Pebble Mine: A PCC advocacy timeline

By Aimee Simpson

This article was originally published in March 2021

Fishing boat in Alaska. Photo courtesy of SalmonState

Photo courtesy of SalmonState


The journey of environmental defense projects can be a long one—a road that’s often fraught with more potholes, detours and dead ends than victories and desired destinations.

The fight to preserve Bristol Bay and prevent the proposed open pit mine (known as Pebble Mine) from irreparably damaging the largest (and still thriving) commercial salmon fishery in the world has been one of those arduous routes.

However, the U.S. Army Corps of Engineers’ 2020 announcement that it would not grant a necessary permit for the proposed project (discussed in greater detail here) is one of those rare moments where all who have been on the long road to defend Bristol Bay can take a moment to celebrate reaching a significant victory.

PCC’s decade-long engagement in the fight against the Pebble Mine makes the achievement particularly sweet and all of you who supported the effort deserve a well-earned, “Thank you!” But it is also a good time to look back and take stock of the often veering and bumpy advocacy road to appreciate the journey, prepare for continued advocacy efforts that will be needed to ensure permanent protections, and see what may work on other advocacy fronts:

1987-2007—Mining companies discover and secure development rights to the proposed Pebble Mine—estimated to be one of the largest deposits of gold and copper in North America.

2007-2009—A diverse and expansive coalition, including native groups, commercial fishermen, retailers, local residents, outfitters, conservationists, village councils and bipartisan legislators, begin to come together and speak out against the Pebble Mine, warning that risks to the Bristol Bay ecosystem and salmon are too great.

July 2010—PCC participates in Savor Bristol Bay—a week of events from July 4 through July 10 meant to highlight Bristol Bay’s sockeye salmon and call attention to the proposed Pebble Mine development and threat to the world’s largest sockeye fishery.

2014—The EPA issues a Proposed Determination under the rarely used veto powers of the Clean Water Act, Section 404c—prohibiting authorization of mine development and citing the potential of irreversible harm to the salmon fishery. PCC submits comments in support of the Proposed Determination and encourages Sound Consumer readers and PCC members to do the same. Litigation against the EPA ensues when the Proposed Determination is finalized.

March 2015—As litigation continues, PCC’s CEO, Cate Hardy, sends a thank you to Sen. Patty Murray for her continuing efforts to protect Bristol Bay and support the EPA’s Proposed Determination.

June 2017Sound Consumer alerts readers and PCC members to the Trump administration reversal and withdrawal of the EPA’s Proposed Determination and intention of U.S. Army Corps of Engineers to move forward in the permitting process.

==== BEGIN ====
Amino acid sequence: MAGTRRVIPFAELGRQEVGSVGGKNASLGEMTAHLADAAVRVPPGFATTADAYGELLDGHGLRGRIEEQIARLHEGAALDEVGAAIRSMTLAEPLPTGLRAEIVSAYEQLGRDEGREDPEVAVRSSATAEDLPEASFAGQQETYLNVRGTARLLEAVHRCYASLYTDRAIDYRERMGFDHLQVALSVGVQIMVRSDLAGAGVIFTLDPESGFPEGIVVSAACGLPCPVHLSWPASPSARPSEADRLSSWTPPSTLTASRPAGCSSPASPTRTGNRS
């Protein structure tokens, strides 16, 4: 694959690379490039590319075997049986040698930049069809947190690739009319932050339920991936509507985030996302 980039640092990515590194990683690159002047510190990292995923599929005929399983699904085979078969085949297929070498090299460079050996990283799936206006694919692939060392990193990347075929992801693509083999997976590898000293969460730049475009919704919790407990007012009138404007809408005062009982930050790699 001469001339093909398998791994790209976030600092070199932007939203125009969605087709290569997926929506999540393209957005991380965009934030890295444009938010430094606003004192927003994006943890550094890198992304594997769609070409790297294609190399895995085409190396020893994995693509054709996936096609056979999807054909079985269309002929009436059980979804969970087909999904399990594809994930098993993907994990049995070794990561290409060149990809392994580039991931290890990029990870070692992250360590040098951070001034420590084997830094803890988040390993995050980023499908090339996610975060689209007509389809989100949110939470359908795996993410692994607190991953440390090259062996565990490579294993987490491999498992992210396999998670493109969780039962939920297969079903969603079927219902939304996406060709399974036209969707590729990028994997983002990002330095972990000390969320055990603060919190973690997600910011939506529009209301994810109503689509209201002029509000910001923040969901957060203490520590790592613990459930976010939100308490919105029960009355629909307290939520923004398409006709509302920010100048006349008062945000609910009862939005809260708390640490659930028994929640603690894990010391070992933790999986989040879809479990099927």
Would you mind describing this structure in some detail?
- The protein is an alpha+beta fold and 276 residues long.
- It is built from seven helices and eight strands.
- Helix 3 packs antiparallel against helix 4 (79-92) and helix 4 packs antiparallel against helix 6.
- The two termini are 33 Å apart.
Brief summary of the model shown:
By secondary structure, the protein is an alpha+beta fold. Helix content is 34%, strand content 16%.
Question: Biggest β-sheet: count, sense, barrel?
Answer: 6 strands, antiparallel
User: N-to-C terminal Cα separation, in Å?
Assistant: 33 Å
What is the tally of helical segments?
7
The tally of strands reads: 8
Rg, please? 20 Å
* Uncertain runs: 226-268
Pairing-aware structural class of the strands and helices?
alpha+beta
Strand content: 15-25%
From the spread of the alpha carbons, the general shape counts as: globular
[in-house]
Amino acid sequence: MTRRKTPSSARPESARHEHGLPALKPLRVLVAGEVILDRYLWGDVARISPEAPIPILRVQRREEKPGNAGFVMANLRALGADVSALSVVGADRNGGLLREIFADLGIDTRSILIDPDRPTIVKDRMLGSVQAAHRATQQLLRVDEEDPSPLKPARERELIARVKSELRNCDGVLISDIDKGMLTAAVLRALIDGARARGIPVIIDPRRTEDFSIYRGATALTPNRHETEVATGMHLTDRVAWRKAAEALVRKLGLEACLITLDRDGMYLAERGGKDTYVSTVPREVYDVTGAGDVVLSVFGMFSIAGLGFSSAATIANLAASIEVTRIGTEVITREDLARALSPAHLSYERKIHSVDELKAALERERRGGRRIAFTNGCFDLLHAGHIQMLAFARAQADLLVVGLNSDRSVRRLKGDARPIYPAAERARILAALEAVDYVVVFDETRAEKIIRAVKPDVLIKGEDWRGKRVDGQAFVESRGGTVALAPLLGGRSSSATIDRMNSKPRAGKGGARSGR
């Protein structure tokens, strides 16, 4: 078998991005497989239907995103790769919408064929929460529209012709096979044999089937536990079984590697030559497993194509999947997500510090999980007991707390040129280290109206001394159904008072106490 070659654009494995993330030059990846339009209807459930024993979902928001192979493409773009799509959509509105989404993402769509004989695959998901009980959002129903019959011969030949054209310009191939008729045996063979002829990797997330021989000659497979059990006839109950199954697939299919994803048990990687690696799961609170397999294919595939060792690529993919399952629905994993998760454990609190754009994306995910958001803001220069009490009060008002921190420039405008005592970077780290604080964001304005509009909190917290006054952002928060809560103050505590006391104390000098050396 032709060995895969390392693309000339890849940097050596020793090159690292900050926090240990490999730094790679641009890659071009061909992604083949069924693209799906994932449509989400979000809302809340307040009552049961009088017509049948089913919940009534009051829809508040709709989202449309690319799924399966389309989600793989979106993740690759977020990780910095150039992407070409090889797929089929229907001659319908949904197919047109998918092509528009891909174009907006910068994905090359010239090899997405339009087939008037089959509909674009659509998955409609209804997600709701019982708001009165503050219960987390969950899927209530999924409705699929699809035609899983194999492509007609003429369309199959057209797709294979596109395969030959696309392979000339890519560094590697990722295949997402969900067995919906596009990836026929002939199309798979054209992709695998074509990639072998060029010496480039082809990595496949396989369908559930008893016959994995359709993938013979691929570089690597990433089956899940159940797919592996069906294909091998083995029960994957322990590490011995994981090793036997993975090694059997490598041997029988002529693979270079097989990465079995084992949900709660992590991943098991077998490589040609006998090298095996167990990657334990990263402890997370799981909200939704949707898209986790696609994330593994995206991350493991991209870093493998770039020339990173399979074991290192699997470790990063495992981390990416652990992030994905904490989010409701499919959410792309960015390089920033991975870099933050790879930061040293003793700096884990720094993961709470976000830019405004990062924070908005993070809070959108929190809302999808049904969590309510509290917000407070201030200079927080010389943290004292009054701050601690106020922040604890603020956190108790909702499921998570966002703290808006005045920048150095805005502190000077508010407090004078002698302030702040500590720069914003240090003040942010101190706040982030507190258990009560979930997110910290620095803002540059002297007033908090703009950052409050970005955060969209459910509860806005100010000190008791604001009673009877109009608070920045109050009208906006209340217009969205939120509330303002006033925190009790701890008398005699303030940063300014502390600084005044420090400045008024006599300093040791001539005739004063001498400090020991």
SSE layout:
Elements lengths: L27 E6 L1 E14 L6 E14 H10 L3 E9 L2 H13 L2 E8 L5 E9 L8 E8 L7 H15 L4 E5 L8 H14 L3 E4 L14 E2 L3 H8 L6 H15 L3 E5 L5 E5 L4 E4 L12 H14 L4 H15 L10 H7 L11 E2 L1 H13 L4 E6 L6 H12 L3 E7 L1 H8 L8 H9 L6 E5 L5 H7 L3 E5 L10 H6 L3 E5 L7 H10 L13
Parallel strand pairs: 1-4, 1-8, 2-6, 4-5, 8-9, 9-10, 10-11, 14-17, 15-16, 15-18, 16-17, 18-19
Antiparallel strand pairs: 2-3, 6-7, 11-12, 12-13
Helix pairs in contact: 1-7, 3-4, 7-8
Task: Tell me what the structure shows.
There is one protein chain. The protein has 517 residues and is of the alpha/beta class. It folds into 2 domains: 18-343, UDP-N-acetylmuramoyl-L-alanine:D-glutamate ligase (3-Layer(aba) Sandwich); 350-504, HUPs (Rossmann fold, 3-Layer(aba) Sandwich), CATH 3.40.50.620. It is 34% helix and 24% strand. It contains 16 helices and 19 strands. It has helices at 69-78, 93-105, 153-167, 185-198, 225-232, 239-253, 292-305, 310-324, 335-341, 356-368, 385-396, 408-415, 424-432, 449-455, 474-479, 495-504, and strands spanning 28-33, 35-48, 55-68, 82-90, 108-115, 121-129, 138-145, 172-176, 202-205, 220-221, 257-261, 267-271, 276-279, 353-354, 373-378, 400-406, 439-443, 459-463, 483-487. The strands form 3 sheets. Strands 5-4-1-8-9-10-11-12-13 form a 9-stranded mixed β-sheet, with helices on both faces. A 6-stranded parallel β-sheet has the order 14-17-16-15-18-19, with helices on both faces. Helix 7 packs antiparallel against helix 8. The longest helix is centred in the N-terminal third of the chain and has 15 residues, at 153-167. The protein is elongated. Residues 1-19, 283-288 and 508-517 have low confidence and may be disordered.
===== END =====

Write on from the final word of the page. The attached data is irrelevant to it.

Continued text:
April 2019—PCC joins Businesses for Bristol Bay in requesting the U.S. Army Corps of Engineers to suspend its review of the Pebble Mine permit application. Brenna Davis, VP of Social and Environmental Responsibility, joins Tom Douglas and other Seattle-area business leaders at a press conference, focused on raising awareness about the need to protect wild salmon resources and stop the Pebble Mine.

May-June 2019—PCC urges Sound Consumer readers and members to oppose the development of the Pebble Mine and the U.S. Army Corps of Engineers draft Environmental Impact Statement (EIS). PCC submits comments calling out several flaws in the EIS, including the failure to acknowledge the concerns raised by the EPA’s Proposed Determination and potential impacts to the Bristol Bay watershed and fishery.

December 2019—Organized by Salmon State, PCC joins other salmon industry leaders in visiting Senator Patty Murray’s Seattle office to emphasize the continued need for resistance to the Pebble Mine development.

August 2020—With time running out, PCC signs on to a Businesses for Bristol Bay letter to the U.S. Army Corps of Engineers—again emphasizing the EIS shortcomings and requesting suspension of the permitting review until “the Pebble Partnership delivers sufficient environmental baseline and economic data as well as a comprehensive mitigation and reclamation plan.”

November 25, 2020—U.S. Army Corps of Engineers announces the denial of the Pebble Mine permit.

While we know that these actions were but a small part of the incredible efforts taken by the tribes of Bristol Bay, Alaskans and so many more, we also are proud of the support of our members and community to be able to partake in these efforts and help make a difference.

Of course, advocating for that which we all care about is never truly done. We are excited to continue to support efforts to make the protections for Bristol Bay permanent and defend any potential challenges to this decision, as well as find new ways to protect the wild salmon that are such an important part of our region’s food system and culture. For ongoing information on our advocacy work and opportunities to participate, sign up for the PCC Advocates email here.


Aimee Simpson, JD, is PCC’s director of advocacy and product sustainability.

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